WestJet Airlines has always prided itself on being a different kind of airline.
But the Calgary-based carrier is suddenly facing turbulence as it struggles to reach agreements with flight attendants and pilots amid separate unionization drives.
WestJet’s 2,600 flight attendants were allowed to vote for the first time on a proposed agreement that sets out pay and work rules. They rejected it Monday, with 57 per cent voting against the deal. Turnout was high, with 90 per cent of members casting ballots.
“We were surprised. We felt we had negotiated the majority of the flight attendants’ wants,” said Anthony Pascale, chair of the flight attendants association board. “This is a bump in the road.”
The rejection is not expected to have any direct impact on service, given that the airline’s workers are not unionized.
Pascale refused to speculate on the reasons for the rejection, saying a survey is being circulated over the next week. “We will compile all the data, and then we will regroup and see what comes of it,” he said.
The agreement was first announced in October, after six months of negotiations. Similarly, WestJet’s pilots are set to vote on a new agreement in the coming weeks, after they rejected a proposal a year ago.
Tyler Matheson, WestJet’s vice-president of inflight, said the “no” vote among flight attendants was a disappointment, but added that the company will try to reach an agreement at the negotiating table. If not, then the parties can consider mediation or binding arbitration.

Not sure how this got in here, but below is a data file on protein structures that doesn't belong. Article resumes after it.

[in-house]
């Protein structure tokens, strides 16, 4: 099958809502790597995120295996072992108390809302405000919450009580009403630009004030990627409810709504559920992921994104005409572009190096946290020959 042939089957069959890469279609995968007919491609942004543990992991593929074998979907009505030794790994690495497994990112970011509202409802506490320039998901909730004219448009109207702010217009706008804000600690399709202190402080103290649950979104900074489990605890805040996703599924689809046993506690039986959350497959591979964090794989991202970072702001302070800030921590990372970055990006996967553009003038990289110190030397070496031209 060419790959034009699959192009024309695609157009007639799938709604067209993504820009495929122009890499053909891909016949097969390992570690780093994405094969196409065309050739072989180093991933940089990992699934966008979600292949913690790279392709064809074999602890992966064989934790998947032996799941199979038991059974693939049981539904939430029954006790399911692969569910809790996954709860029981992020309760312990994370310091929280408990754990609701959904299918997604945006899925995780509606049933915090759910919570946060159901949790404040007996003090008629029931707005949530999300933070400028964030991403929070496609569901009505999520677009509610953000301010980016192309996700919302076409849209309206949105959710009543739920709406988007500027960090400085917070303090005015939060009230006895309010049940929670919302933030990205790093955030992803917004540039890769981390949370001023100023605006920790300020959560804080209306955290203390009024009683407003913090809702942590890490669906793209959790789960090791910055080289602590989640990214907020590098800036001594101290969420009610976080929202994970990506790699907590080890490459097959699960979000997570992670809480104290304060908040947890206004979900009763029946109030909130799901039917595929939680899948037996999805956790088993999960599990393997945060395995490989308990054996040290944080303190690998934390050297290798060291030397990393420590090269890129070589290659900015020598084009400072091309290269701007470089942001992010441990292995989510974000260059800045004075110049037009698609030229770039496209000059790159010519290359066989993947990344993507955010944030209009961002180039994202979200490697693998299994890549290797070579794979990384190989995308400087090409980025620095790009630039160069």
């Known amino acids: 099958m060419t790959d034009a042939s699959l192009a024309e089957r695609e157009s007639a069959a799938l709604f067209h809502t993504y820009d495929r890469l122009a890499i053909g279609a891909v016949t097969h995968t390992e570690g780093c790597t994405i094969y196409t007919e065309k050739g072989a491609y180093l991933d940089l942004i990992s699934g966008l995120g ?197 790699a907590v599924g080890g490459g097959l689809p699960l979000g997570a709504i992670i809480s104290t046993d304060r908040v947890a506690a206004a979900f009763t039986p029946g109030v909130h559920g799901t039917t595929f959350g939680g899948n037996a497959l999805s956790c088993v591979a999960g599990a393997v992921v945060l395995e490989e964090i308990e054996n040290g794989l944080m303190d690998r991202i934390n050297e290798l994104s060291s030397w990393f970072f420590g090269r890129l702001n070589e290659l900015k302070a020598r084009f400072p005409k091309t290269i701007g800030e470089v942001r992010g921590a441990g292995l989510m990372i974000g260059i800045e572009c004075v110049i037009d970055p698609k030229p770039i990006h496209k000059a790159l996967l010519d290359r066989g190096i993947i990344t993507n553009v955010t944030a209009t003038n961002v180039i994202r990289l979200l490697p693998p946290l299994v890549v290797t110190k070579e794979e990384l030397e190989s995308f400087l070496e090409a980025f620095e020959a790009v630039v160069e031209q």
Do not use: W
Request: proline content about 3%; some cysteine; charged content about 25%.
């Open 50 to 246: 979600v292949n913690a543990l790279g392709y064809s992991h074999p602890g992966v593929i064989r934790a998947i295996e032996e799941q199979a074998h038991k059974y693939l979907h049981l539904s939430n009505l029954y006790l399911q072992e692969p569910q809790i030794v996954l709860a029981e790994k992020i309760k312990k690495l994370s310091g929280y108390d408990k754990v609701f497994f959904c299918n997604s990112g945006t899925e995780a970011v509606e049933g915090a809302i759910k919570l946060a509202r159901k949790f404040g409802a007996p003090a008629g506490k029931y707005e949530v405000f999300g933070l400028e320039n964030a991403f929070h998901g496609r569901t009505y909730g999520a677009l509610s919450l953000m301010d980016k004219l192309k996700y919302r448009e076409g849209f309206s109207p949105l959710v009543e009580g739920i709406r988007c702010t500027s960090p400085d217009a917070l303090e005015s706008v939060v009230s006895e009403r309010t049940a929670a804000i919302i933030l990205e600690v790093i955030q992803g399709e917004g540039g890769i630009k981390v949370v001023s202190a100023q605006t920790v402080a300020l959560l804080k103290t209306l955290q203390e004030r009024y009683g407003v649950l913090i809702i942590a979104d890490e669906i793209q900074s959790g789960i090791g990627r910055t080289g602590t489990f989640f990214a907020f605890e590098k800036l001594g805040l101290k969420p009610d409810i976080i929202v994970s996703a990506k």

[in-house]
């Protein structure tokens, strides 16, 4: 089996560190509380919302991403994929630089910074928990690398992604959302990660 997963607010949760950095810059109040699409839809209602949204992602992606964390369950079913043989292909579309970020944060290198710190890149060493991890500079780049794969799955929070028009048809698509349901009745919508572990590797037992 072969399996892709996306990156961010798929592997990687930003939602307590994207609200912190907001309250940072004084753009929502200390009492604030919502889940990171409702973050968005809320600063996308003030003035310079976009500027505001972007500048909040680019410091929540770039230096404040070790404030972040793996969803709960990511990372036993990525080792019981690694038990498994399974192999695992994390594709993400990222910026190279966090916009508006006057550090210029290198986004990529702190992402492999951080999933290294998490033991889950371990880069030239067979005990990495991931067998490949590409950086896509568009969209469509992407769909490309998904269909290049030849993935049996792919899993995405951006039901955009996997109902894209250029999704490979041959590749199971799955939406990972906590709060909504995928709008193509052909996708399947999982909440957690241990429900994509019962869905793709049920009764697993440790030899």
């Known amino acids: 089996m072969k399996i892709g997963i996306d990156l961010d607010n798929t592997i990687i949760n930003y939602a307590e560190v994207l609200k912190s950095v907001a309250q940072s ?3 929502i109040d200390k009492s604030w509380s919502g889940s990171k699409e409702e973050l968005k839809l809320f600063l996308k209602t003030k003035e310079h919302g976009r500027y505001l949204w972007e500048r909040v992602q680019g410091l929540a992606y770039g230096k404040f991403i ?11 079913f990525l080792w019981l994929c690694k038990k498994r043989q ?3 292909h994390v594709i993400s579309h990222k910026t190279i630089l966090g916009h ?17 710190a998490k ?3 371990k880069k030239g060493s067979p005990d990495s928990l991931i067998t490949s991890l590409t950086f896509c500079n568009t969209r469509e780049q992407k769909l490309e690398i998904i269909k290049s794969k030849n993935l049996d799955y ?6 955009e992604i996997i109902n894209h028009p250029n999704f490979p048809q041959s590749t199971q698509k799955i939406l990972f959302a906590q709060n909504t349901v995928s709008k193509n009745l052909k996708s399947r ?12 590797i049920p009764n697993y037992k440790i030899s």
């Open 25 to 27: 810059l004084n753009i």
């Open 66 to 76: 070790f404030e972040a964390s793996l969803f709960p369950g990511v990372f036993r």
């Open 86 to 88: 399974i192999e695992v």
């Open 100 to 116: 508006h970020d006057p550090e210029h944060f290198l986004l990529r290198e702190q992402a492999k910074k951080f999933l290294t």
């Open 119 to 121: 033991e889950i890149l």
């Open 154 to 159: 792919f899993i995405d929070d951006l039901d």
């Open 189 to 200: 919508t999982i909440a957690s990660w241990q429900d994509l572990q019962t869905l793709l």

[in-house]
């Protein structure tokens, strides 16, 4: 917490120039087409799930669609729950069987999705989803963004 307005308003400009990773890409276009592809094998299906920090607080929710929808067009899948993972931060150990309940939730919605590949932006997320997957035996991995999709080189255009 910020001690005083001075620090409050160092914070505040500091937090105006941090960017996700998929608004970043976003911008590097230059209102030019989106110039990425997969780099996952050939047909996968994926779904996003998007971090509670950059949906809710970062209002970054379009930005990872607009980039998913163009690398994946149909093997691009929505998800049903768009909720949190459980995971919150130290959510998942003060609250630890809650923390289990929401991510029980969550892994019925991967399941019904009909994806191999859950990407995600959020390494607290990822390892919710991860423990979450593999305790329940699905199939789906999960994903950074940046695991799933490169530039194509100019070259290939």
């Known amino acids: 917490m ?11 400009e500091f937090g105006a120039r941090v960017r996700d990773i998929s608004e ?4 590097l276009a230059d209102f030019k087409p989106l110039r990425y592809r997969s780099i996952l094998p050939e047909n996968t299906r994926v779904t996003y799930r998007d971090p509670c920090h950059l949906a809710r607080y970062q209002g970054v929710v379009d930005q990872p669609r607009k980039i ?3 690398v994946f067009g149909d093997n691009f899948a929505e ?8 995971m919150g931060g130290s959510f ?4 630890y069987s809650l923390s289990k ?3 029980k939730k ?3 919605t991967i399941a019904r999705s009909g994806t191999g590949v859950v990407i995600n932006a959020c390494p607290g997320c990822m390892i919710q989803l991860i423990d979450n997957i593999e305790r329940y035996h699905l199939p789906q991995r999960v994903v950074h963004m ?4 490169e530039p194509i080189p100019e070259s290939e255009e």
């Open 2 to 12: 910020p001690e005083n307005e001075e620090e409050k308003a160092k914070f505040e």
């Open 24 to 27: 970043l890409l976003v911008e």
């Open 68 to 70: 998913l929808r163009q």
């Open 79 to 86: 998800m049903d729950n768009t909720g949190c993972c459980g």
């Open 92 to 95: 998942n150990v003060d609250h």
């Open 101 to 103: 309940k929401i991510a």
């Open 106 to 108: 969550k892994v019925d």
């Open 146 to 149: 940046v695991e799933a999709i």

As WestJet continues to expand, with new regional airline Encore and plans to fly wide-body aircraft next year, Matheson said the airline wanted to formalize the way decisions are made “so our flight attendants get their fingerprints on decisions we are making that impact them,” he said.
Two unionization drives are underway for the company’s flight attendants. One group, started by eight flight attendants, calls itself the WestJet Professional Flight Attendants Association.
The Canadian Union of Public Employees, which represents flight attendants at other airlines including Air Canada, has also made several attempts to sign up WestJet’s flight attendants.
A group calling itself the WestJet Professional Pilots Association also has efforts underway to organize the company’s 1,300 pilots.
York University business professor Fred Lazar noted that with 57 per cent of flight attendants voting against the agreement, it’s not impossible for the company to win over employees.
“You don’t have to offer much more to get a majority supporting it,” he said. “If it were 75 per cent plus, that indicates there’s a problem.”
Lazar added that while WestJet, which has been enjoying strong profits, touts its profit-sharing program with employees, he suspects payouts are not that large on an individual basis. That may result is some employee discontent.
Last Friday, WestJet had its semi-annual profit sharing day, where $23 million were paid out to employees. For flight attendants, payouts depend on hours worked, so the company could not provide an average.
Matheson said that airline has always had a target on its back from those trying to unionize. “Regardless, if this (agreement) was voted in, we would still have that threat,” he said. “As one of the only airlines out there that is non-union, it becomes that much more enticing for a union to come in.”